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What Car Buyers Want

Another online auto site has recently done a customer survey to gauge what is most important to people in the car buying process.

The survey found the following in order of importance:

• Professionalism of the dealership staff, including engagement and responsiveness.
• Right vehicle and how close what’s offered meets the buyer’s wishes and specification.
• Price in the context of its competitiveness in the market.
• Distance to the dealership.

What does this mean to you the consumer?
Obviously, nobody wants to be treated poorly; especially when spending thousands of dollars on an automobile. It’s true that while car salespeople are still considered to be dishonest, their behavior and interactions with customers has been much better in recent years.
The reason is that most car manufacturers place a heavy emphasis on customer satisfaction and that satisfaction is often the difference between buying their cars or those of their competitors.
There is some constructive feedback in the results of manufacturer’s surveys also, but since dealers know that they are being surveyed, they have trained their salespeople to be kinder to the customer.
Part of the problem within many dealerships now is that commission programs have been replaced by straight (low) salary and the extra incentive for a salesperson to go the extra mile has vanished.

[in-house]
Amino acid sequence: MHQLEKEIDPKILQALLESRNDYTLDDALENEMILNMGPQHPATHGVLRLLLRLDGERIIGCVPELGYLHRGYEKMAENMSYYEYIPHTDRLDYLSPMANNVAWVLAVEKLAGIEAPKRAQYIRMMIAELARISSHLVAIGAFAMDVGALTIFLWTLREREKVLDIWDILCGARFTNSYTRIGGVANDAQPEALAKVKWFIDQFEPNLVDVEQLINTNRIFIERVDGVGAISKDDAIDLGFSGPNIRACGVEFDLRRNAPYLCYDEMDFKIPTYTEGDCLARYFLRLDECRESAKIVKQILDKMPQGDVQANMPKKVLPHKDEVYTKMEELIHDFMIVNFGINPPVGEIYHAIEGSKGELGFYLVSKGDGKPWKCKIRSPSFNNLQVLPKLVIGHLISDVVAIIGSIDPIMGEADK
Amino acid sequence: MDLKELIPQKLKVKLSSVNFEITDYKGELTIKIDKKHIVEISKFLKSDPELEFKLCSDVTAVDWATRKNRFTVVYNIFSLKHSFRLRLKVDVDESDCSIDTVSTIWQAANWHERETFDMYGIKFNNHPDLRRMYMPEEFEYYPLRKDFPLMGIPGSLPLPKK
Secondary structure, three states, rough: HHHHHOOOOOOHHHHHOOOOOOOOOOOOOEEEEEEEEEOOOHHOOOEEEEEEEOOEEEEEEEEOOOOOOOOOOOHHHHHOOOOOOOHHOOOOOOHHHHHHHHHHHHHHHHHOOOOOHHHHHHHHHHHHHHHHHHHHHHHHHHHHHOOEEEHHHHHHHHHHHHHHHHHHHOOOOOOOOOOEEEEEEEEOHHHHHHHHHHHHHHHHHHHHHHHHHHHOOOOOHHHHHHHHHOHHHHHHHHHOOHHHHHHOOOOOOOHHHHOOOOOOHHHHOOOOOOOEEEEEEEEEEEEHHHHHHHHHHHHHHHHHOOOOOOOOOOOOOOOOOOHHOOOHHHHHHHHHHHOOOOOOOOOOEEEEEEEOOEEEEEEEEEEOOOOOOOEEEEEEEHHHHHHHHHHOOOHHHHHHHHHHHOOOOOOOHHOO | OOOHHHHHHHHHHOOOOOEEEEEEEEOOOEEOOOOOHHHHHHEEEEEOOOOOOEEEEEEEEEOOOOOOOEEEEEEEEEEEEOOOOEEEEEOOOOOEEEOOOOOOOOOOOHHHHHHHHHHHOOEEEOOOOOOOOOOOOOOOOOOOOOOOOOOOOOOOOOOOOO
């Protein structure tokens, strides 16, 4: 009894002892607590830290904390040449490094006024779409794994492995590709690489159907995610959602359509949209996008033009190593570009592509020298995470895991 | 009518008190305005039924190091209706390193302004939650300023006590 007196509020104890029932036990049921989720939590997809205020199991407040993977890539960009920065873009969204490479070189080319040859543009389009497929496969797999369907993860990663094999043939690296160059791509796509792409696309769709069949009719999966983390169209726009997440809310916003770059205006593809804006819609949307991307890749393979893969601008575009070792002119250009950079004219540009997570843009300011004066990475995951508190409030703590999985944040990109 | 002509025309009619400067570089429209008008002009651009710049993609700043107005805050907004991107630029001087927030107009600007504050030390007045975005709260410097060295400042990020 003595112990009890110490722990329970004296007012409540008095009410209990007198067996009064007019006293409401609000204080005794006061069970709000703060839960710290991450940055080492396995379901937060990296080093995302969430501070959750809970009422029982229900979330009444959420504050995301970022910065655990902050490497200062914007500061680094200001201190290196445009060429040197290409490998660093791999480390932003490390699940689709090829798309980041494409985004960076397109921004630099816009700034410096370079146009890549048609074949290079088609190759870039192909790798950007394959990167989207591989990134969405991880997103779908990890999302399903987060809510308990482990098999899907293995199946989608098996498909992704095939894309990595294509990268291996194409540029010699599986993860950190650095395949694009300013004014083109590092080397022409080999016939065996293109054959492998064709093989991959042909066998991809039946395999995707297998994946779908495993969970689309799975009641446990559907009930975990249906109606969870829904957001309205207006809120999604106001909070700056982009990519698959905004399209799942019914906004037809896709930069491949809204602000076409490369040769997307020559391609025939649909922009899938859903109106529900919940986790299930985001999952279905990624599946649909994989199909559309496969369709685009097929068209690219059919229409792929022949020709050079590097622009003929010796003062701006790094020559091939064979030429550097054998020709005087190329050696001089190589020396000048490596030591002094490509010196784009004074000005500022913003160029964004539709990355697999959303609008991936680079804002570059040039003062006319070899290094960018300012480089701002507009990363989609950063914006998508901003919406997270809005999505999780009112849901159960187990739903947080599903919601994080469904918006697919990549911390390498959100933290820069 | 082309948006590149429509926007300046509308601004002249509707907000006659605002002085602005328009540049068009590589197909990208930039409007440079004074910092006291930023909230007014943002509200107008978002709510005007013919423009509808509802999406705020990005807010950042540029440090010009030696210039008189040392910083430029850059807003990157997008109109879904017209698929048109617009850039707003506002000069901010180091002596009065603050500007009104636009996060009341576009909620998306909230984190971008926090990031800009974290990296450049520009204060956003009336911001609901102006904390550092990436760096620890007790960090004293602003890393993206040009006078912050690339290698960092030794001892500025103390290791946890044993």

So now, not only do salespeople get little or no commission, they are also expected to be much kinder to their customers. It’s the old, “what’s in it for me?” syndrome.
It would be a mistake though to think that car buyers don’t care about the price they pay as much as they used to. For those consumers that can afford to buy a car in this sluggish economy, price is extremely important.
Professionalism of the dealership staff, including engagement and responsiveness is now a given. If you aren’t getting these attributes from a dealer right away, you should probably move on.
As far as choosing the right vehicle for your needs based on what’s in the market, that really is a prerequisite and has nothing to do with the cost of a vehicle or negotiating the price with a dealer.
So to me, cost/price from the dealer is still most important. If you can save yourself even $50 to $100 by negotiating with one dealer over another; go for it!
Don’t let a poor buying experience with a dealer cause you to pay extra for a car. It’s a lot of money and you don’t buy a vehicle very often.
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Content copyright © 2013 by Stephen M. Hague. All rights reserved.
This content was written by Stephen M. Hague. If you wish to use this content in any manner, you need written permission. Contact Stephen M. Hague for details.



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